How to Stop Comparing Yourself to Others on Social Media

hands, coffee, social media icons

Social media has forever changed the way we interact with others,  making it easy to stay connected. But it’s not always good for us.

In some ways social media is great.

It allows us to stay connected to friends and family all over the world. But we all know there is a dark side too, one that shows up for every mom I work with, most of the women I know and quite a few men too. I think of it as the comparison spiral. Here’s how it works.

Imagine you are a brand new mom just struggling to get through the day.

If you managed to take a shower and keep everyone alive that’s a major victory. You’ve been puked on, pooped on and are covered in something sticky, and the dog is eating the remains of a half eaten frozen pizza off of the table. YOU. ARE. EXHAUSTED.

Finally, your toddler is occupied with his mega blocks for 2 seconds and the baby is sleeping and you decide to jump on Facebook to see what’s up. To feel some connection to the outside world. To feel like part of society for a minute. And who pops up but that person who always looks perfect and makes it all look easy. You immediately think “why am I the only one struggling? Obviously this is so easy for everyone else. What is wrong with me?”

You don’t have to go down this hole.

Here are some ways you can keep the connection without the spiral.

1) Unfollow people who trigger negative thoughts about yourself.

For whatever reason. If they are judgmental or a little braggy, or their posts and images just happen to trigger your negative self-talk, just unfollow them! Remember that your social media feeds are for you- they should be uplifting and keep you in contact with people you really care about, not tear you down. Keep in mind that unfollowing is not the same as unfriending on Facebook, they just won’t show up in your feed and they won’t have any idea.

1) Take a social media fast.

Take a break! You may find that once you break the habit of checking, it’s easier to stay off. A weekend is a great place to start.  If you have the urge to reach for your phone, notice what it feels like in your body. Smart phones and other devices are made to be addictive; every time you get a notification or alert it sends a little jolt of dopamine to your brain.  Learn more. So if you are a frequent checker you might feel a little twitchy! It will be OK. This is a good thing to notice and be aware of. And even more reason to take a break.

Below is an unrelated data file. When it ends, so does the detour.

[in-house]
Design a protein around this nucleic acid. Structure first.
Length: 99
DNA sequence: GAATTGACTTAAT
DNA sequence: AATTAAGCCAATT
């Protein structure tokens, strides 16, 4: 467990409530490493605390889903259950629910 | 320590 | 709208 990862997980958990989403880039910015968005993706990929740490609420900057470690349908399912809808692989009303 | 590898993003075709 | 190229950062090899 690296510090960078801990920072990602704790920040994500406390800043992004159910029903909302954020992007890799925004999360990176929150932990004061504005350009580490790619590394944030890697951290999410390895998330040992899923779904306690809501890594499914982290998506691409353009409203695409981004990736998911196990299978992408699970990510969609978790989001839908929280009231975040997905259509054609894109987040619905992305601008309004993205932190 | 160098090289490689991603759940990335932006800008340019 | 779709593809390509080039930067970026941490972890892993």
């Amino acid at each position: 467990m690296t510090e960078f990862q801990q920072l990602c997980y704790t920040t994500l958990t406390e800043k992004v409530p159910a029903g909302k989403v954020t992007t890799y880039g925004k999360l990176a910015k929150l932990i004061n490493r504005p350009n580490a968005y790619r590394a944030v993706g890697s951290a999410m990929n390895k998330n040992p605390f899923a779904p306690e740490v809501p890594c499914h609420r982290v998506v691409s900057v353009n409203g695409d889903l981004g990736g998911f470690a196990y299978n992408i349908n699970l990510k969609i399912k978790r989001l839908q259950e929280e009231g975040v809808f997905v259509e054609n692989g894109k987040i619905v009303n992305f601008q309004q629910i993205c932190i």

2) Keep things in perspective

Remember that you are only seeing the highlight reel. Shiny, happy social media posts only show one moment in time and not all of the other moments leading up to it. Anyone who has ever been in a wedding knows the anxiety, money, tears and months (or years!) of preparation that can go into that one perfect picture. And that awesome action shot from Timmy’s soccer game? Maybe it was taken after a long season of injury and struggle. The point is, don’t make assumptions about people’s lives based on one post. We all know that we are a lot more that meets the eye on social media

3) Remember that the messy parts make life interesting.

The bloopers reel, with all of the struggles and mishaps is what makes our lives full and rich and complicated and messy. So the next time you feel like someone else has it better, just remember that they are also having tough and messy moments. We are all just trying to get through life the best we can. And if occasionally they make it look easy? Good for them!

4) Ask yourself: is there anything you can learn from this person?

Maybe they are happy because they are learning something new, or they made time for something they enjoy, or they are spending time with people they love. If you are feeling insecure, stop and ask yourself “is this bothering me because there is something I am missing in my own life?” If so, rather than wasting another precious minute feeling bad about yourself, think about how you can do that thing!

5) Send some love their way.

If someone triggers your insecurities, jealousy or comparison, take a moment to mentally send them some positive thoughts. Say a quick prayer or kind thought towards the person and their family, and be grateful that she shared this happy moment that just popped up on your feed. If you can’t think of anything, try “may you be happy and well”.

6) Make a gratitude list.

Right now, think of 5 things you are grateful for in your own life. Every problem has a positive side. You may have issues with your house because you have a house. You have messy kids because you have kids. Think of 5 things in your life, at this moment, that you don’t want to take for granted.

I hope this helps you stop the comparison spiral and find appreciation for your own life with ALL of its moments. Even the ones that never make it to your Facebook page.


4 responses to “How to Stop Comparing Yourself to Others on Social Media”

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